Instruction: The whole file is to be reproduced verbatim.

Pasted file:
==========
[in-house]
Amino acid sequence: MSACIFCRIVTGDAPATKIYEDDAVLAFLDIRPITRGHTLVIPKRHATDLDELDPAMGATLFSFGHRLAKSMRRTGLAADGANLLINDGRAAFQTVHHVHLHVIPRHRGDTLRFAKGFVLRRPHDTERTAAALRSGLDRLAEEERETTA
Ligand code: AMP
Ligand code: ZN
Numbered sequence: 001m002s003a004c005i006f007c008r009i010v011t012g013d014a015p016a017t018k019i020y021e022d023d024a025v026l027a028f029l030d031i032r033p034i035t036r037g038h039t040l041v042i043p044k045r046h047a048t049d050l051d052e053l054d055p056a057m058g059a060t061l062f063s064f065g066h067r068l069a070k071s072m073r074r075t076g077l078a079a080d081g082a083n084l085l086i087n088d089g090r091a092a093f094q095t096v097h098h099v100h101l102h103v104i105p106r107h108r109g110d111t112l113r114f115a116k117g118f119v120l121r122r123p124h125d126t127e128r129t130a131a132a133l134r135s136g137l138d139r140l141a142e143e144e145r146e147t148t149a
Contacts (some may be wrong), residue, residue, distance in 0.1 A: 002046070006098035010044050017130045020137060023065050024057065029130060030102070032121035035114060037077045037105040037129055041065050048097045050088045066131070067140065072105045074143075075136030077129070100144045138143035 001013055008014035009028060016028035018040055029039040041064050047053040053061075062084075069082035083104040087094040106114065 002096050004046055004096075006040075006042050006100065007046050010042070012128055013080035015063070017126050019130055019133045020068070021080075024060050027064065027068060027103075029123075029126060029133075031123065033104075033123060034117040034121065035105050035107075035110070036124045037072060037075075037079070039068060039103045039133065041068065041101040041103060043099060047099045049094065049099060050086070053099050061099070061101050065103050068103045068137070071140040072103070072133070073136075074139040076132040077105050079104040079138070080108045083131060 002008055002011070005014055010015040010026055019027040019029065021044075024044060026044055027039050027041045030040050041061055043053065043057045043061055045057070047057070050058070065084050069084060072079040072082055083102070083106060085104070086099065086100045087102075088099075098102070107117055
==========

[in-house]
Amino acid sequence: MSACIFCRIVTGDAPATKIYEDDAVLAFLDIRPITRGHTLVIPKRHATDLDELDPAMGATLFSFGHRLAKSMRRTGLAADGANLLINDGRAAFQTVHHVHLHVIPRHRGDTLRFAKGFVLRRPHDTERTAAALRSGLDRLAEEERETTA
Ligand code: AMP
Ligand code: ZN
Numbered sequence: 001m002s003a004c005i006f007c008r009i010v011t012g013d014a015p016a017t018k019i020y021e022d023d024a025v026l027a028f029l030d031i032r033p034i035t036r037g038h039t040l041v042i043p044k045r046h047a048t049d050l051d052e053l054d055p056a057m058g059a060t061l062f063s064f065g066h067r068l069a070k071s072m073r074r075t076g077l078a079a080d081g082a083n084l085l086i087n088d089g090r091a092a093f094q095t096v097h098h099v100h101l102h103v104i105p106r107h108r109g110d111t112l113r114f115a116k117g118f119v120l121r122r123p124h125d126t127e128r129t130a131a132a133l134r135s136g137l138d139r140l141a142e143e144e145r146e147t148t149a
Contacts (some may be wrong), residue, residue, distance in 0.1 A: 002046070006098035010044050017130045020137060023065050024057065029130060030102070032121035035114060037077045037105040037129055041065050048097045050088045066131070067140065072105045074143075075136030077129070100144045138143035 001013055008014035009028060016028035018040055029039040041064050047053040053061075062084075069082035083104040087094040106114065 002096050004046055004096075006040075006042050006100065007046050010042070012128055013080035015063070017126050019130055019133045020068070021080075024060050027064065027068060027103075029123075029126060029133075031123065033104075033123060034117040034121065035105050035107075035110070036124045037072060037075075037079070039068060039103045039133065041068065041101040041103060043099060047099045049094065049099060050086070053099050061099070061101050065103050068103045068137070071140040072103070072133070073136075074139040076132040077105050079104040079138070080108045083131060 002008055002011070005014055010015040010026055019027040019029065021044075024044060026044055027039050027041045030040050041061055043053065043057045043061055045057070047057070050058070065084050069084060072079040072082055083102070083106060085104070086099065086100045087102075088099075098102070107117055